Sad To See You Leaving 2012: Dave Sexton

by George_East on January 20, 2013

Dave Sexton

 This is a post by Ray North which was originally posted on 29 December 2012 but which was lost from the site during our recent difficulties.  It is not clear whether the post is complete and unfortunately all comments on the post and any graphics originally posted have been lost.

I am a football fan of a certain age, and as a football fan of a certain age, with each passing year, I revere more and more the football teams, players and characters of my childhood, which was the 1970s.

Dave Sexton, was a quiet, but towering figure of that period – responsible for building two good teams and one truly great team which was his QPR team of 1975. His Chelsea team is perhaps best remembered for the FA Cup Final of 1970 when they and Leeds met in a titanic and thundering battle on a muddy Wembley, before a Dave Webb goal won it for Chelsea in a replay at Old Trafford. It was a Chelsea team full of characters – Peter Osgood, Alan Hudson, Chopper Harris, Charlie Cooke, Peter Bonetti – that could play great football at times, but, as they showed in the blood curdling battle against a Leeds of Giles, Bremner, Charlton and Hunter they were more than capable to mixing it with the toughest – ouch.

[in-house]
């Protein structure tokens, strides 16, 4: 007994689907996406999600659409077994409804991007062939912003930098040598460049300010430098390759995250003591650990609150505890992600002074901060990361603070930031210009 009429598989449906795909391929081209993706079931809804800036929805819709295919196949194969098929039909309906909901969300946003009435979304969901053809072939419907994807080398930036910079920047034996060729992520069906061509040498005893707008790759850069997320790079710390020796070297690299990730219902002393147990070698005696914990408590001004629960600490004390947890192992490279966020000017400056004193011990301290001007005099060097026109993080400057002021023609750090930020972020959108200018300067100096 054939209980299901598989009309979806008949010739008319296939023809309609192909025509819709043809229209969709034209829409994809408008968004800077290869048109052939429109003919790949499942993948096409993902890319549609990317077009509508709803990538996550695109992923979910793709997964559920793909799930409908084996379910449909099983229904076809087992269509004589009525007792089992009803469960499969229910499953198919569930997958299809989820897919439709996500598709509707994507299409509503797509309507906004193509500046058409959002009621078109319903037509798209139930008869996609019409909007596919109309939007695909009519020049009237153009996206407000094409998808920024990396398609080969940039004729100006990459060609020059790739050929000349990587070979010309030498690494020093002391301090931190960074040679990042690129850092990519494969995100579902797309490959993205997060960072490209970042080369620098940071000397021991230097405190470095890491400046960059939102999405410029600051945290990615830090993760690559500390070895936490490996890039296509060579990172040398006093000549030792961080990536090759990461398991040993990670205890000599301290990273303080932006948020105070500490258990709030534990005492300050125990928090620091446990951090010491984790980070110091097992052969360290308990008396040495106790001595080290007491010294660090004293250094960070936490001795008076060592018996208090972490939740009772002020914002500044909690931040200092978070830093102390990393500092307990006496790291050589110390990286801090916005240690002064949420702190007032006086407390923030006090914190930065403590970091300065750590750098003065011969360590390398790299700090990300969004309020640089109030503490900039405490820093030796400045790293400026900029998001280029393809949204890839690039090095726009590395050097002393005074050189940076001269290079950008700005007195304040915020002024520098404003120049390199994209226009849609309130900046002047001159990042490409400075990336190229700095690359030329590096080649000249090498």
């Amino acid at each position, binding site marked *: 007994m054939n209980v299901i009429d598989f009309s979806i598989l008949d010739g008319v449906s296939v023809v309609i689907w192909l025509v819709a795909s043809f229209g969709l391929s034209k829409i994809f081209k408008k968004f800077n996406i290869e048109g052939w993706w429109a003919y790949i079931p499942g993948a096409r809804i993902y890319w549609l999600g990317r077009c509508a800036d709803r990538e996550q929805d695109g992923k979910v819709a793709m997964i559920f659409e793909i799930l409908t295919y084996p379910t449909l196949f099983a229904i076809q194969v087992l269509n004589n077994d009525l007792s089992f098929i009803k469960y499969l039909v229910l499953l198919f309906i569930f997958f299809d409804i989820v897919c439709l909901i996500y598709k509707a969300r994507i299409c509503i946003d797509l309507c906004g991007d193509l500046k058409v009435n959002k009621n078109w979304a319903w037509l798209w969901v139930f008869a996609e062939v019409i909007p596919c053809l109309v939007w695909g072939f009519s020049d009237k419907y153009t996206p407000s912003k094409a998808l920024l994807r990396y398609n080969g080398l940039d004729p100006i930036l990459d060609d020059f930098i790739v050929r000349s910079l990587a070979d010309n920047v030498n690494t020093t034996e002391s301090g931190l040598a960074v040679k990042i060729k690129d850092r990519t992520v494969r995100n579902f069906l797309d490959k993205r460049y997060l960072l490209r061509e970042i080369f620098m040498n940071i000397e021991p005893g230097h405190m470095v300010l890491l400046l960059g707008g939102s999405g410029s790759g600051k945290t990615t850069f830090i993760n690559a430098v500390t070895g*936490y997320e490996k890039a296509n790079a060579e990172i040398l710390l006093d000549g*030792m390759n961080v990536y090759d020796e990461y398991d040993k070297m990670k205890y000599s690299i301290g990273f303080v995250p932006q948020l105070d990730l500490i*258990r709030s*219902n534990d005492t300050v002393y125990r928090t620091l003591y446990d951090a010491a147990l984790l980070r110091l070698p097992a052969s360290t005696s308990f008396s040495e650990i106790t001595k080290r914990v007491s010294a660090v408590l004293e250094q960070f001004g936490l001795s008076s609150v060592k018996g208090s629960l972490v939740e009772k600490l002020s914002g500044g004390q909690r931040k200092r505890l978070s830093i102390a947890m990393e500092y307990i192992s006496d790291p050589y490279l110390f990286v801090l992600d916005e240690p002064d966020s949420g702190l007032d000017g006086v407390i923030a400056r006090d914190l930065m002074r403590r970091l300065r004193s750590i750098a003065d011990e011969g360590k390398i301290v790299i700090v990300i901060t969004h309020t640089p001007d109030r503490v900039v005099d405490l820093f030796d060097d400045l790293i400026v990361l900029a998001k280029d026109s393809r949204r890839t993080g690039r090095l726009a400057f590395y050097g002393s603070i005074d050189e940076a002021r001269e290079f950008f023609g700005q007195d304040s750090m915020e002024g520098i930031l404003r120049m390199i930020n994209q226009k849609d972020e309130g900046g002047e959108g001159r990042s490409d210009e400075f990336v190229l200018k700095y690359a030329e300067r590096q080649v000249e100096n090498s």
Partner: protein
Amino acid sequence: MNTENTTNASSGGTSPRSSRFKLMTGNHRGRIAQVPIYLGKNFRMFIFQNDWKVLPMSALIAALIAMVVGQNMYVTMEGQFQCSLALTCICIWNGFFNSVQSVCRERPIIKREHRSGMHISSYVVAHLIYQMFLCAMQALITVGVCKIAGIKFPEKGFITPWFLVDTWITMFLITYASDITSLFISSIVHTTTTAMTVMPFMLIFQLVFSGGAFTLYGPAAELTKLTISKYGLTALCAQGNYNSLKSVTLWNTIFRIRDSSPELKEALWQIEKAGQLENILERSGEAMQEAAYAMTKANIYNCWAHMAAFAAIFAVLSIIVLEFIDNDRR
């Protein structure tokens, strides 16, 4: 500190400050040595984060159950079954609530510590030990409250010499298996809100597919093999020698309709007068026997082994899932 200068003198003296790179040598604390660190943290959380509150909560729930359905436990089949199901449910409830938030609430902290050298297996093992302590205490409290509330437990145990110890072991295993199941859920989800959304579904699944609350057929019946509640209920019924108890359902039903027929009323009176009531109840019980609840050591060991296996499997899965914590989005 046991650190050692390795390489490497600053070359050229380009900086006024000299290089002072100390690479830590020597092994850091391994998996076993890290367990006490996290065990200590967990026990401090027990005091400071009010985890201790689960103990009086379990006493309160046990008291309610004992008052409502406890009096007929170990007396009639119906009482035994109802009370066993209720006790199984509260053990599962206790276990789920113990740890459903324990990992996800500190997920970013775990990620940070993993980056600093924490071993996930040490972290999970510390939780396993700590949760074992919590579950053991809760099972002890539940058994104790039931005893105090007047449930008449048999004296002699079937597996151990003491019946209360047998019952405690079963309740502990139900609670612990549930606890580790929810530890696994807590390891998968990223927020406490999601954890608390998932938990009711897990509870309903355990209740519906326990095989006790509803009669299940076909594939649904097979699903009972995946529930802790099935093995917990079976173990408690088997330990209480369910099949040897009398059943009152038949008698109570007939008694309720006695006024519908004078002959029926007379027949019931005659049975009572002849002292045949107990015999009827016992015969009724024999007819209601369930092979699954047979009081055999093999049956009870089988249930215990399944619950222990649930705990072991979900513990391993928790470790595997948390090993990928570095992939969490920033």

After leaving Chelsea though, Sexton built an even better side at Loftus Road, home of Queens Park Rangers. In 1975, QPR, were narrowly pipped for the title by the glorious Liverpool team of the time. For many, that QPR team remains the best side never to have won the Championship – it is testament to it that many football fans of my vintage can still reel off many of the players – Phil Parkes, Dave Clement, Ian Gillard, Gerry Francis, Dave Thomas, Don Masson and, of course, the irrepressible Stan Bowles. They played great football and scored superb goals. His success with the Hoops caused Man United to come calling for his services in 1978, and once again, he built a pretty good side that reached the FA Cup Final in 1979 – losing to Arsenal, and challenging Liverpool for the title. Sadly, for Dave Sexton however, the next season was disappointing and he was sacked and replaced by Ron Atkinson. All his teams were built upon the style that he learned at West Ham as a player in the 1950’s that is that the ball should be kept on the ground and that individual skill should be encouraged. Always polite, definitely cerebral – he came from an era when football managers (well most of them) only spoke when they had something interesting to say. RIP – he will be missed.

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